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Fox Home Entertainment presents
"Never fear, Smith is here!"
DVD Review"This may be a new planet, but we've still got the same old Smith." - Don
There was some trepidation in the ranks of Lost in Space fans when Fox let it be known that the future of the series on DVD would be determined by the sales of the first season set. With the subsequent announcement of the second season, split onto two, four-disc sets to ease the pain on the pocketbook, devotees of this campy 1960s TV series can breath again, as the Space Family Robinson returns to the screen, more vibrant than ever.
By the fall of 1966, Lost in Space was basking in the success of its inaugural season, highly merchandised, and sitting high in the ratings. While his approach on the first season made it highly popular, creator Irwin Allen—who produced a number of popular 1960s TV shows, including Voyage to the Bottom of the Sea, Time Tunnel, and Land of the Giants before he become the 1970s' Master of Disaster with films such as The Poseiden Adventure and The Towering Inferno—was not content to leave things be for the second season, and began retooling his show, with an eye on his successful rivals Batman and Star Trek, which CBS had previously turned down in favor of Lost in Space. The most obvious change to the second season was that it was broadcast in color, bathed in eye-popping reds, ochres, oranges, and greens, which gives the show a whole new feel. The second major change was freeing the Robinsons from their planet and returning them to space, where more untold perils awaited them before they crash land on another alien world.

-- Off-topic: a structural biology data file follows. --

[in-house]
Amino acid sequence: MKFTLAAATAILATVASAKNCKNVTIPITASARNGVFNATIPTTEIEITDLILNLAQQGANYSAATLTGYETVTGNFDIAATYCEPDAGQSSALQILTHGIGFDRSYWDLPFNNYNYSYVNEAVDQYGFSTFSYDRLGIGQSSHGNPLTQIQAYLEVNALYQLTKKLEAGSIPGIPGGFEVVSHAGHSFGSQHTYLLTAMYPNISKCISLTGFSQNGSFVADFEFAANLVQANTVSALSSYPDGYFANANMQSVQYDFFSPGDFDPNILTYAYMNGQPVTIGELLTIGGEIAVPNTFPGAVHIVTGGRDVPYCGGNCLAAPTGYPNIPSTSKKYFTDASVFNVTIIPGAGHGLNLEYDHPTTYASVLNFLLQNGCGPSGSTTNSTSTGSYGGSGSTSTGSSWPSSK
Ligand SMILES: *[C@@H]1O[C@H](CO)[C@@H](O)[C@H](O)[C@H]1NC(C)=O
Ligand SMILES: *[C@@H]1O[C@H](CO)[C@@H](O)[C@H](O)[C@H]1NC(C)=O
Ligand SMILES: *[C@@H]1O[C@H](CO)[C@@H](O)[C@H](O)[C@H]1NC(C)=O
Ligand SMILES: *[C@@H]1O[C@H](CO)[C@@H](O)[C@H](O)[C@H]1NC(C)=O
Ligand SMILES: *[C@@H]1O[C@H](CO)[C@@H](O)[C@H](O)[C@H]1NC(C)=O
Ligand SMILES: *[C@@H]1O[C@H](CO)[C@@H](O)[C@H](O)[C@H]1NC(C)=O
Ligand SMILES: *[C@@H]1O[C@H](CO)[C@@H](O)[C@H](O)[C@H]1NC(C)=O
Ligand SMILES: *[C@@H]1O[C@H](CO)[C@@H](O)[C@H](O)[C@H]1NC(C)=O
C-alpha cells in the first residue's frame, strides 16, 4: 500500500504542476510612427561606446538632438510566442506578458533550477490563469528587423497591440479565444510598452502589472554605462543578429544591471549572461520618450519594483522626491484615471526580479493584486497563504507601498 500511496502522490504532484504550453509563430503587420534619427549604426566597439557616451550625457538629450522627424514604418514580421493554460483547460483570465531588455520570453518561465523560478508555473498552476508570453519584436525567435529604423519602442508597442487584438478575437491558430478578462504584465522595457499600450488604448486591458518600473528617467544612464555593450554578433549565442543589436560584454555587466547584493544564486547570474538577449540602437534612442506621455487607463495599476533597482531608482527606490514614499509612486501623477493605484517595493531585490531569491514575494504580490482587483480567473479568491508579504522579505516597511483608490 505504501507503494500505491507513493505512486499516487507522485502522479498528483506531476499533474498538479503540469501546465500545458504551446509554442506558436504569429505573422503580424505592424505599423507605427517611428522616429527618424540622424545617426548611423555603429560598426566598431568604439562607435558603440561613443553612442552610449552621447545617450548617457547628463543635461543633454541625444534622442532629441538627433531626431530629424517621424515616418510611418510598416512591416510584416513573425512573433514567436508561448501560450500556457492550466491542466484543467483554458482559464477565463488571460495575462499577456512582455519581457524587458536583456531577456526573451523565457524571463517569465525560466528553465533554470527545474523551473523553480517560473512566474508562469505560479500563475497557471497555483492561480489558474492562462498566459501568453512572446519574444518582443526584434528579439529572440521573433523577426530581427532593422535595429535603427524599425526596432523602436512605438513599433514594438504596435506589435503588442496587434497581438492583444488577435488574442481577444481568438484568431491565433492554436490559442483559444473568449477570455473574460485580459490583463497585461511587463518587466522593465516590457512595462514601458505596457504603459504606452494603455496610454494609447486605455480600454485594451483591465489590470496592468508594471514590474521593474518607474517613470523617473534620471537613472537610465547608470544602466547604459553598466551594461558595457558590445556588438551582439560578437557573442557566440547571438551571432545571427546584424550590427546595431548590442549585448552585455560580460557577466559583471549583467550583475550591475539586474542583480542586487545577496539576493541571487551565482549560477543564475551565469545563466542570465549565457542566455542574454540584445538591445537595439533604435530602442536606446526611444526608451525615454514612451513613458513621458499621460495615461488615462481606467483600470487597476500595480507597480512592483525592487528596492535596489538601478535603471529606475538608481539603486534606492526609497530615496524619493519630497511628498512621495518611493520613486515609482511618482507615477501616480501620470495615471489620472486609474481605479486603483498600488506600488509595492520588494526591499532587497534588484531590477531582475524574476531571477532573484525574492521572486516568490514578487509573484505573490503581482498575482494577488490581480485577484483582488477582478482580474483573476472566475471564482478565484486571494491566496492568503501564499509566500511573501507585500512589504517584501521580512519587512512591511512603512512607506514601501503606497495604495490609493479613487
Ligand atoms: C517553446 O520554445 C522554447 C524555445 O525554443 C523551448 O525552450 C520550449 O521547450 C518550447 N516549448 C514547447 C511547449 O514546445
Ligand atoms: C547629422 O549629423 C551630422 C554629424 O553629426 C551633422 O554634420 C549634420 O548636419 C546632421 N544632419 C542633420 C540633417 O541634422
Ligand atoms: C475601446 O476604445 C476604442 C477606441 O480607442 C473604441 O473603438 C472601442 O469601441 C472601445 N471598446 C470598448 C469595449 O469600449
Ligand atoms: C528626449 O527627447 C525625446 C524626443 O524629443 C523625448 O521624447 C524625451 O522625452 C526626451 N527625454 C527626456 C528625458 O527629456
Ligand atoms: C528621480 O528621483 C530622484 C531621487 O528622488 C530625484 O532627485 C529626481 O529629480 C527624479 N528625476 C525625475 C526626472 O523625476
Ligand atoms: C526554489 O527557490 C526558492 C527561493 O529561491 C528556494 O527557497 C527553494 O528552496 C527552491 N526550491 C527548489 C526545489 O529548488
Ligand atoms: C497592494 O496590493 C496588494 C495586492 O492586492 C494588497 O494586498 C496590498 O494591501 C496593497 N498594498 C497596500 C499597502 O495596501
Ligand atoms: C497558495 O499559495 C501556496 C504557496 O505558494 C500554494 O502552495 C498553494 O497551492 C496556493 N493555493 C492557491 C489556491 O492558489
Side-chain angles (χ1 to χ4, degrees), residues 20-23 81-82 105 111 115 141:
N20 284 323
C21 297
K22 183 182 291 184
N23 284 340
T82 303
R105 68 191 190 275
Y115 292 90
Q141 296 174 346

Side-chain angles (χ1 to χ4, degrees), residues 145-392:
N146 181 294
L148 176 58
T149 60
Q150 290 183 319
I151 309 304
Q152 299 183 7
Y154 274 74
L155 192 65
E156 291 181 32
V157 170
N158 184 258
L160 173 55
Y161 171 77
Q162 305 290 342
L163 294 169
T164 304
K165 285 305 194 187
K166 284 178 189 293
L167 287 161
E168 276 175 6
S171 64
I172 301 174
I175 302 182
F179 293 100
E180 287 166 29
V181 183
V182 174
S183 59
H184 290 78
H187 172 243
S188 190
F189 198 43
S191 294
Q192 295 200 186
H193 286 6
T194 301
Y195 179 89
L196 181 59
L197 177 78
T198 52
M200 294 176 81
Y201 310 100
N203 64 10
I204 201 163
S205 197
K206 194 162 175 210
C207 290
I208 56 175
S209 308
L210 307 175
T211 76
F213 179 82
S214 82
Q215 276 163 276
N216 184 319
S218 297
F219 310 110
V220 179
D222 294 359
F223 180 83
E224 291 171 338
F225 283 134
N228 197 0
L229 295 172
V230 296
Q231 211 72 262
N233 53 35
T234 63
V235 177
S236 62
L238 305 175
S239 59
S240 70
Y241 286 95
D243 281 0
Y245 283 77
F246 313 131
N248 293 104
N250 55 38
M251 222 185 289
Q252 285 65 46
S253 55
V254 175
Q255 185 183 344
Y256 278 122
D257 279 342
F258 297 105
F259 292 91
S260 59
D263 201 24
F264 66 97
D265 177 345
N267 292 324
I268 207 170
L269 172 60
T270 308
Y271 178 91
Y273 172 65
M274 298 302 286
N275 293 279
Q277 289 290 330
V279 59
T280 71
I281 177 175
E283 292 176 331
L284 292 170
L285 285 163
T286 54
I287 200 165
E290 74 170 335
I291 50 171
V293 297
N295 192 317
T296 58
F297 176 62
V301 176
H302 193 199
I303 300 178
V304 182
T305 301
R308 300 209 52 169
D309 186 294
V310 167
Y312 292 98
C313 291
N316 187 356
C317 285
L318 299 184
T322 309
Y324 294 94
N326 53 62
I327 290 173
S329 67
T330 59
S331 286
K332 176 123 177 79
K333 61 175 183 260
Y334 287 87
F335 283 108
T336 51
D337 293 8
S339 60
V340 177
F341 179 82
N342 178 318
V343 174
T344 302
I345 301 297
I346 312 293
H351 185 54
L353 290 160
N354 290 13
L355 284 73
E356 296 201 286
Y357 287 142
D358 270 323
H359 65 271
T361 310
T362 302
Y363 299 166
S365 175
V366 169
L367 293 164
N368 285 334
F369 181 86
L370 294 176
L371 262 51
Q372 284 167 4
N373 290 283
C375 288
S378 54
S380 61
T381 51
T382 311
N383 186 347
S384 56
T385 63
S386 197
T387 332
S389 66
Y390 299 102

"The pain! The pain!" - Dr. Smith
The dramatic overtones that were established in the beginning of the first season made way for a more lighthearted approach, drawing primarily on the comedic skills of Jonathan Harris as the show's antagonist, the evil Dr. Zachary Smith. Originally slated for a guest appearance (he was the first actor to be credited as "Special Guest Star") set to be killed off after a few episodes, his popularity led to a revision in the format, and justifiably so. Whatever you may think of his Dr. Smith, Harris' performances alone are reason to watch the series, perfectly handling the character's comic diversity with flair—one minute scheming some self-serving plot, the next, cowering behind the children in the face of the week's clockwork monster appearance, and Smith's off-the-cuff denigrations towards his robot companion have become a trademark of the show, most of which were created by Harris himself.
Bill Mumy (as Will Robinson) also takes the forefront opposite Smith, as his innocent, yet knowledgeable demeanor contrasts with Smith's incompetence as both a scientist and a human being. The robot gets much more character as well, from criticizing Dr. Smith with a few barbs of his own, to feeling despondent or affectionate. Although the rest of the actors are quite comfortable in their roles, they are practically relegated to extras status, with the storylines moving away from featuring the entire family to highlight Dr. Smith's antics.